@ Inge - If you're getting interested in orchids, the book "The Orchid Thief" is really fun. Susan Orlean. I seem to remember, years ago, a mystery series where the detective was quit devoted to his orchids. Nero Wolfe mysteries by Rex Stout (?). Lew

LewisLucanBooks said...

Yo, Chris - About wealthier areas having higher crime rates. Some of it may be, that criminals don't want to "foul their own nests." Steal from their neighbors. Another thing that came to mind was an interview done in the 1930s with a bank robber (Dillinger?). He was asked why he robbed banks. "Because that's where the money is." :-)

Somewhere I picked up the idea that some cultures clap differently. It's a real trope in sci-fi and dystopian movies. Crowds are shown clapping in odd ways. Just to let you know it's "another time ... another place." :-)

LOL. I'll have to look into Luke McGregor. Social anxiety? Right up my alley. But often, I just think I'm neurotic. :-).

We have similar work visas, here. And, the problems that go along with them. They're supposed to go to people who have skills that may be in short supply. I think what's really in short supply is people willing to work for smaller wages. There was quit a scandal in Canada, a few years back. Work visas were given to several young ladies from Eastern Europe. Apparently, there was a shortage of Canadian workers who could preform the task of exotic dancing :-). How much money do some people want to acquire? Well, all of it, of course.

RIP tea plants. Mine staggers along, much to my surprise. It flowers, it sets seeds. I think it's the occasional shot of worm juice.

I've been reading a lot about flour, lately. I found a really good chart in "Mastering Pasta" (Vetri). All the different kinds of flour, what their protean percentage is. What they are best used for. On my list of "books to buy." I've also become convinced that rising time should be as long as possible. More flavorful bread, less digestive problems. Modern bread is made in less than three hours. Due to the chemicals they put in it, and the type of flour and yeast they use. Cont.

LewisLucanBooks said...

Cont. I decided to make Anzac biscuits on Tuesday. So, rather than digging through the little scrap pile of recipes that haven't been committed to 3x5 card yet, I grabbed my doorstop Stephanie Alexander cookbook. Are you sure she's Australian? :-). There was NO recipe for Anzac biscuits. So, it was back to the recipe scrap pile, which needed to be sorted, anyway. And, there it was. But I can't remember the substitutions I used. I think maple syrup for golden syrup. And, I think I used apples instead of coconut. But I think I'll try blueberries, this year. They have more liquid than apples ...so I'll adjust the liquid. LOL. I bet they come out blue!

After three attempts, I finally caught up with The Warden, at The Home. I'm number 2! I got to look at another apartment. Funny the little details I pick up on, each visit. Small electric base board heaters. Which means no furniture against those stretches of wall. I'm glad I can take my time moving, a bit. Winnowing down my stuff by half is going to be interesting.

The book on language is "Word by Word: The Secret Life of Dictionaries." by Tapper (if I'm reading my scrawl correctly.) Lew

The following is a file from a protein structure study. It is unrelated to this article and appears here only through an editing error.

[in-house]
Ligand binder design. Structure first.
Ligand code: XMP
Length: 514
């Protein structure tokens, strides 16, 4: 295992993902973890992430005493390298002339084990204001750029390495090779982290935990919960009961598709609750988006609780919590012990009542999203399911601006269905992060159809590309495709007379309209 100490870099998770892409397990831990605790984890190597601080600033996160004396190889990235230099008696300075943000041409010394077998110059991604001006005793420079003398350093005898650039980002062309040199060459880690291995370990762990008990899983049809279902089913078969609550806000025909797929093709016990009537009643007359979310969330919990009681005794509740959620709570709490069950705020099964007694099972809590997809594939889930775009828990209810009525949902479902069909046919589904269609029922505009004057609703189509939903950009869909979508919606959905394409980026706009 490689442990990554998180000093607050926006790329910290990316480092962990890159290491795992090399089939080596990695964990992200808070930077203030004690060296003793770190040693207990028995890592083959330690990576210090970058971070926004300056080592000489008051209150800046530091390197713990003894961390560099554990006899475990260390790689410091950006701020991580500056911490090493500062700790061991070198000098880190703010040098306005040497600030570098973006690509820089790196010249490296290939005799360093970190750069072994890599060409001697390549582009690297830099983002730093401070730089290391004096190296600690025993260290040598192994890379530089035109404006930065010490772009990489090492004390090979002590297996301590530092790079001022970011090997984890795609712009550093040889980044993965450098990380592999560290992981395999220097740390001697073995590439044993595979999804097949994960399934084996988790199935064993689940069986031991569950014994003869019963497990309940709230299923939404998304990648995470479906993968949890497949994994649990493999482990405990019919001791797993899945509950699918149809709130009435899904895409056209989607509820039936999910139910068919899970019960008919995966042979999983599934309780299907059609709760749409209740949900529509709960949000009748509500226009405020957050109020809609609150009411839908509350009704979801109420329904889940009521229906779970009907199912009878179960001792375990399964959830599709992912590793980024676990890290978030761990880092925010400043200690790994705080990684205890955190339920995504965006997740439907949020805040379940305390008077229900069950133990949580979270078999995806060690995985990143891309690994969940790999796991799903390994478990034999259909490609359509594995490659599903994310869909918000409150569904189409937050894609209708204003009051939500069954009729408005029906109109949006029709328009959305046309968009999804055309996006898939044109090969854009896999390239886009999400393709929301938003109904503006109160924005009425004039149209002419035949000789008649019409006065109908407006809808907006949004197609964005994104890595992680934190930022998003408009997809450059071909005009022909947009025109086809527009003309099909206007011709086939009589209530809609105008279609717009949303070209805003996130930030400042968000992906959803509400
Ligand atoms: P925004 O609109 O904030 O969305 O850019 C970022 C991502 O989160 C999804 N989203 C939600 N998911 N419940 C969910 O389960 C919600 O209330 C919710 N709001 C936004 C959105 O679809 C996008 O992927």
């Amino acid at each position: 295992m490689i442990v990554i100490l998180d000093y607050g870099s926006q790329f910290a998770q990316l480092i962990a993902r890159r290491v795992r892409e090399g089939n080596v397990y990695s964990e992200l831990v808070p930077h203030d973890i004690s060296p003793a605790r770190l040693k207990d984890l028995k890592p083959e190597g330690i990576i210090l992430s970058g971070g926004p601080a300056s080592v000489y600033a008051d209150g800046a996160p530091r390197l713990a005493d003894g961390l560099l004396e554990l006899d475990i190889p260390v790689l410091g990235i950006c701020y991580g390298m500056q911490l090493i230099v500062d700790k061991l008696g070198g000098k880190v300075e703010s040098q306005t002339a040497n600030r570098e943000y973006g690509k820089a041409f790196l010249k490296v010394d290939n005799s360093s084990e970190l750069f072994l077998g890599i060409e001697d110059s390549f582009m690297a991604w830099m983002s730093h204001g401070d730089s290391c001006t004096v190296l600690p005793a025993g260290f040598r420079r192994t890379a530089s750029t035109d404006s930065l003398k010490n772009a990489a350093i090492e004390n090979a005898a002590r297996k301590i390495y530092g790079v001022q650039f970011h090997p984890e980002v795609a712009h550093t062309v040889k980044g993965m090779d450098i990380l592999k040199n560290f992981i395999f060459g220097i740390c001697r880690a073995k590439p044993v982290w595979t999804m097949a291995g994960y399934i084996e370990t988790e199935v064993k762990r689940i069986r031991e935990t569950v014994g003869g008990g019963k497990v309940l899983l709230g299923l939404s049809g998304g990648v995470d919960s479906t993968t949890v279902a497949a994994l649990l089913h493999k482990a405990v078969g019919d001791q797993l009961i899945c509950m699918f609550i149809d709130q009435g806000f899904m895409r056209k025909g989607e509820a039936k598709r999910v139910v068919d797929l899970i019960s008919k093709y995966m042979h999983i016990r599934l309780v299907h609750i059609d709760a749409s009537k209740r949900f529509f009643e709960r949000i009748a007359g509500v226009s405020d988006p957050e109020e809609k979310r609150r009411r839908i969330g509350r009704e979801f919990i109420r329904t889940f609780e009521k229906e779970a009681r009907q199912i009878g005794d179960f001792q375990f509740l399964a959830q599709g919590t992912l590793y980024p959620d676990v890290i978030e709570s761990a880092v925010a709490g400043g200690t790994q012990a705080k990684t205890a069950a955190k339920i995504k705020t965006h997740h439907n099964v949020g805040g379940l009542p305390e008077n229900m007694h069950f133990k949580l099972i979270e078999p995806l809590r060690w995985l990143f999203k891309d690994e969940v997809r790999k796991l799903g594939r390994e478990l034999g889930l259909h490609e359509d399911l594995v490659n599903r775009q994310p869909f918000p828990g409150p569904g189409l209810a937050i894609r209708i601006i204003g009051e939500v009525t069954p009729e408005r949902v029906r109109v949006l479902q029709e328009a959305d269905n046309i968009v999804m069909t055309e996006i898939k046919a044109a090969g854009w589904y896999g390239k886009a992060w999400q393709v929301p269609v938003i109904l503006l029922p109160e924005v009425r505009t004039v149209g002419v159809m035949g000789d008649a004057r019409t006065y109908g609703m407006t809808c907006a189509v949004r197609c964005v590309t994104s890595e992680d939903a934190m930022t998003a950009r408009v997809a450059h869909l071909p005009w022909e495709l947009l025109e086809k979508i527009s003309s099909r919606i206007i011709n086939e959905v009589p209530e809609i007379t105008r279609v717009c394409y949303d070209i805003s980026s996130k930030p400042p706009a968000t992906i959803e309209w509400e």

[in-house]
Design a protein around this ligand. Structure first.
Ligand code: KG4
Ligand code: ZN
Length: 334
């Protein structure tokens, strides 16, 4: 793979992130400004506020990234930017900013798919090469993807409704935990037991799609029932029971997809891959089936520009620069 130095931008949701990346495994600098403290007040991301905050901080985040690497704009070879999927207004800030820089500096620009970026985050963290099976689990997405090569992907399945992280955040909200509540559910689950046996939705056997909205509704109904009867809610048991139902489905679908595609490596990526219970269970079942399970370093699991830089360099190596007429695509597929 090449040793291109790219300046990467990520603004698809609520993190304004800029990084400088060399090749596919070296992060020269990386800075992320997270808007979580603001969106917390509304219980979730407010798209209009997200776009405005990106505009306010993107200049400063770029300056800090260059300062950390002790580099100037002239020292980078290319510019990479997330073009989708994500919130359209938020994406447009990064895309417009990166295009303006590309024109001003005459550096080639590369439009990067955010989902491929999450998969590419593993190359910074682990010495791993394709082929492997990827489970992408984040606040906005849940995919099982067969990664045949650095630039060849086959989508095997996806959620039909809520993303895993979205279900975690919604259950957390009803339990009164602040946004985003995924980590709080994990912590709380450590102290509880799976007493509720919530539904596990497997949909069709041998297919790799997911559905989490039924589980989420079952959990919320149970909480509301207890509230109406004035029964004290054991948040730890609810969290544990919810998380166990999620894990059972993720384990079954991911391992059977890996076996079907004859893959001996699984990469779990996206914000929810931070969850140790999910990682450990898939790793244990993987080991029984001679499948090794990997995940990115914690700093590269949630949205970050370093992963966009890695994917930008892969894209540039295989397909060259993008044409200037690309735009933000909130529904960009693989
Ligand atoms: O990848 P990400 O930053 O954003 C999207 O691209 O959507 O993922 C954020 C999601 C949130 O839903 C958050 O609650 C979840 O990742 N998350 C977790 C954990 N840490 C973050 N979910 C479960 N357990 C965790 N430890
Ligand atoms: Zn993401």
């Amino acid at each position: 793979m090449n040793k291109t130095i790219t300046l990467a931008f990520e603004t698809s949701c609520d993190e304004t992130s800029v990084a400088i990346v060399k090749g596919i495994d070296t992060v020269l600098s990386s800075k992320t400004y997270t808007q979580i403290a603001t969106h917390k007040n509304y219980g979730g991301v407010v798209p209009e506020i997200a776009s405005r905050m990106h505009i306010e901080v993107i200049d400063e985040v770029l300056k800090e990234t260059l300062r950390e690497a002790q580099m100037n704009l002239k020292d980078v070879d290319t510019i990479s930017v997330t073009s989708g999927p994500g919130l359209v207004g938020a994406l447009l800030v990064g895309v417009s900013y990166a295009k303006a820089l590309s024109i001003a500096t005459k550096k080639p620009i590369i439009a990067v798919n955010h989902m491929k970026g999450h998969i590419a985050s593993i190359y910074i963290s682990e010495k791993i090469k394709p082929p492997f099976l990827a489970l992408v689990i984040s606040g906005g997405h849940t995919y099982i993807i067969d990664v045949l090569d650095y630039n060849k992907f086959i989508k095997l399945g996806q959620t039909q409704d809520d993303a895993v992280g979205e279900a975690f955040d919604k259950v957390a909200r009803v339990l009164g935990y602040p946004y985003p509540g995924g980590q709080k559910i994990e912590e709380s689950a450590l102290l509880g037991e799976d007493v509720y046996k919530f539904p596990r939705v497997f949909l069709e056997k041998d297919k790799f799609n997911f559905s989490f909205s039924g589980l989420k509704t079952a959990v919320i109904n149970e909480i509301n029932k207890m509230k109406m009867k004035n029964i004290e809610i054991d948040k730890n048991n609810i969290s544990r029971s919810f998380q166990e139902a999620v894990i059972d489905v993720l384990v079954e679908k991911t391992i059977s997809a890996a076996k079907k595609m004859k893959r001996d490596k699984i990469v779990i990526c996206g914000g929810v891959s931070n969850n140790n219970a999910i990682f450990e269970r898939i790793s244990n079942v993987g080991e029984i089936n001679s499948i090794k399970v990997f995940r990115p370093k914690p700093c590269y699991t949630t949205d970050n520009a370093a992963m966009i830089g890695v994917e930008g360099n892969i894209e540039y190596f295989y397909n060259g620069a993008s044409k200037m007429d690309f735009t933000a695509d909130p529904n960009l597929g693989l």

Cherokee Organics said...

Hi Margaret, Inge, and Lewis,

Thanks for all of the lovely comments, however life has intervened this evening and I will be unable to reply. However, I promise to reply tomorrow.

Lewis - Just quickly, I have decided to write about the yoghurt tomorrow but am churning over possible stories in my mind. It is a complex story. Incidentally too, your remark about greed being the basic economic problem - although it would never be written that way for fear of offending economists (!) - I spotted this little gem of an article in the newspaper: Court rules on parents' dispute about sending their children to private schools . Of course, I detect that there is more going on in that story than meets the eye.

It looks like it will rain again here tomorrow...

Congrats on getting to number 2!

Cheers

Chris

orchidwallis said...

@ Lew

Congratulations from me as well for getting to no2. it sure looks for real now. Does this make you nervous?

Thanks for mentioning the orchid book. I really do wonder what makes them so captivating. I found a 'ladies tresses' on the lawn at a previous home and we put a cage around it so that it wasn't accidentally mown.

Inge

LewisLucanBooks said...

Yo, Chris - Yogurt. Sounds fascinating :-). Not really poking all that much fun, given the amount of the stuff I slop around, when I cook. Speaking of cooking, I guess the big new thing in the Vegetarian World is whipped bean water. Yup. Someone discovered that the water from canned garbanzo beans can be whipped and used as an egg substitute. You know, that kind of slimy stuff I rinse off the beans, and pour down the drain. Not that I'm looking for an egg substitute, but in the interest of recycling and reducing waster ... Any-who. It's been named "Aquafaba." Soon to be commercialized and found in a dairy case, near you :-)

I cooked up a nice slab of corned beer, last night. Now, onto doing up some corned beef and cabbage. Maybe a sandwich or two. A small batch of corned beef hash?

That was quit an article about the woman aspiring to private school for her children. My initial take (not knowing all the details) is that she should liquidate those assets, pay off her debts and begin life anew, from wherever she's at, at that point. Anybody ask the kids what they want?

Speaking of misguided parents (in some ways, not in others) I watched "Captain Fantastic" last night. It's about a father, raising his 6 kids in the wilds of Washington State. Home schooled, not much contact with what passes for civilization. Mum dies and they're taking their bus on a road trip to the funeral. This is early on in the movie. Right at the part where the Dad quotes Calvin Coolidge and goes on a riff about consumerism, are shots along the freeway of Chehalis and Centralia! Our Uncle Sam sign (search, Chehalis Uncle Sam Sign), our factory outlet malls and big box stores. Our K-Mart! The places that flood :-). Then there's some nice road shots of Portland. A movie worth watching, I think. And not for just the scenery :-). Raises all kinds of interesting questions. One could do a seminar :-). Lew